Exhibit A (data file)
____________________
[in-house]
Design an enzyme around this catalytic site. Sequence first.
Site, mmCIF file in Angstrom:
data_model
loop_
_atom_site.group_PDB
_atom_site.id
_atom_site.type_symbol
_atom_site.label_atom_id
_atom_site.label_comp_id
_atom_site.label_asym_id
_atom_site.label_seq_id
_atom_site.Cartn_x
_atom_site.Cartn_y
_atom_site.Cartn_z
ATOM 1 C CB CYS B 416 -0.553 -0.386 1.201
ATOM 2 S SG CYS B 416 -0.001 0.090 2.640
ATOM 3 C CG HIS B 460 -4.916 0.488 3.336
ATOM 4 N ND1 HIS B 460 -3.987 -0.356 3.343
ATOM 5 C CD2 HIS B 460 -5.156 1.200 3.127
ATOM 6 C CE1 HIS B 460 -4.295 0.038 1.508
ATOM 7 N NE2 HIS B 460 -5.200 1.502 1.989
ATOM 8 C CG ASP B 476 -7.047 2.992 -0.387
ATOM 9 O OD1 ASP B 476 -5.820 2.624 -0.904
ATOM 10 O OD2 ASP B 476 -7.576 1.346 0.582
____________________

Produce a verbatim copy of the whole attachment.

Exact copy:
[in-house]
Design an enzyme around this catalytic site. Sequence first.
Site, mmCIF file in Angstrom:
data_model
loop_
_atom_site.group_PDB
_atom_site.id
_atom_site.type_symbol
_atom_site.label_atom_id
_atom_site.label_comp_id
_atom_site.label_asym_id
_atom_site.label_seq_id
_atom_site.Cartn_x
_atom_site.Cartn_y
_atom_site.Cartn_z
ATOM 1 C CB CYS B 416 -0.553 -0.386 1.201
ATOM 2 S SG CYS B 416 -0.001 0.090 2.640
ATOM 3 C CG HIS B 460 -4.916 0.488 3.336
ATOM 4 N ND1 HIS B 460 -3.987 -0.356 3.343
ATOM 5 C CD2 HIS B 460 -5.156 1.200 3.127
ATOM 6 C CE1 HIS B 460 -4.295 0.038 1.508
ATOM 7 N NE2 HIS B 460 -5.200 1.502 1.989
ATOM 8 C CG ASP B 476 -7.047 2.992 -0.387
ATOM 9 O OD1 ASP B 476 -5.820 2.624 -0.904
ATOM 10 O OD2 ASP B 476 -7.576 1.346 0.582